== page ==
• Acceptance – Approach meditation with a “let it be” perspective. Don’t try to make anything happen.
  • Curiosity – Be open to whatever may come. Take an approach of amusement and interest in the experience.
3) Determine your technique

Uncovering what techniques work best for you is the next key. There are different techniques that can be utilized depending on the situation. For instance, if you’re in a public place with people all around you, I image you wouldn’t take a seat in the lotus position and start chanting the mantra “aaaauuummmm.” When it comes to applying meditation on the go, consider a few of these techniques. They require we focus on the breath, relax our body, and gain awareness of our thinking.

1. Mediate on your breath

Using this breathing technique can offer a quick and easy means to relax. Follow the pattern of breathing in to the count of 5, hold for the count of 2, and breathe out to the count of 7. It goes like this: Breathe in…2….3….4…..5 hold…2…3….exhale…2….3….4….5…6…7 Breathe in…2….3….4…..5 hold…2…3….exhale…2….3….4….5…6…7 Breathe in…2….3….4…..5 hold…2…3….exhale…2….3….4….5…6…7 Breathe in…2….3….4…..5 hold…2…3….exhale…2….3….4….5…6…7 Continue to breathe at this slow pace. While you are breathing slowly, notice the breath as it enters your nose. Notice each time you breathe in, the way the breath feels on your nostrils. Feel the breath as it passes through your nasal passages, and down behind your throat. Feel the air expand your lungs with each in breath. Notice your lungs and abdomen expanding and constricting on each breath. Continue with this process until you feel calm and refreshed.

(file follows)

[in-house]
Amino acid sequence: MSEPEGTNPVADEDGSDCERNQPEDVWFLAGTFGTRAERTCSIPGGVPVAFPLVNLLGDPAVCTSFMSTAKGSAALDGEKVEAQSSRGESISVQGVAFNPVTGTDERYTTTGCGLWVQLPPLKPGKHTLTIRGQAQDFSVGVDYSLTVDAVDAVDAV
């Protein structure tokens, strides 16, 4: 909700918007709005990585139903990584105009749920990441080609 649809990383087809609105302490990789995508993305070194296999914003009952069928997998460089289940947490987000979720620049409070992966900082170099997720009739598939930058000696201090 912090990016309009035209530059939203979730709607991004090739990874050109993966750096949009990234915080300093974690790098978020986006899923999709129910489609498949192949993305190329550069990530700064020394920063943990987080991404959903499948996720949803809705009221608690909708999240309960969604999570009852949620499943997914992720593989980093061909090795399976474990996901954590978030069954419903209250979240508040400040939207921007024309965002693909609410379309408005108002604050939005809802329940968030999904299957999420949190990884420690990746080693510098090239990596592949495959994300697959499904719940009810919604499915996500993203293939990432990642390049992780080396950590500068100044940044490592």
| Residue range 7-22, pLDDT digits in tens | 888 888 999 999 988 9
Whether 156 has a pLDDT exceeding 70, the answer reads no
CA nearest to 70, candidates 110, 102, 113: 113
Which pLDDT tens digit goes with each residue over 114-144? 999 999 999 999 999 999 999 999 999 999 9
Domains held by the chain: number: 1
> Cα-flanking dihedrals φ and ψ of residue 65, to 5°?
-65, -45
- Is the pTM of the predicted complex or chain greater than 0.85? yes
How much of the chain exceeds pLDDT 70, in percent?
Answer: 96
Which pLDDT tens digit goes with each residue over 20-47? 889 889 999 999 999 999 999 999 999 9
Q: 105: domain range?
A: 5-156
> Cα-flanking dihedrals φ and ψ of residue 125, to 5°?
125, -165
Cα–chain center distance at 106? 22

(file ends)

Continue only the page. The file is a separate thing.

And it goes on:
2. Relax your body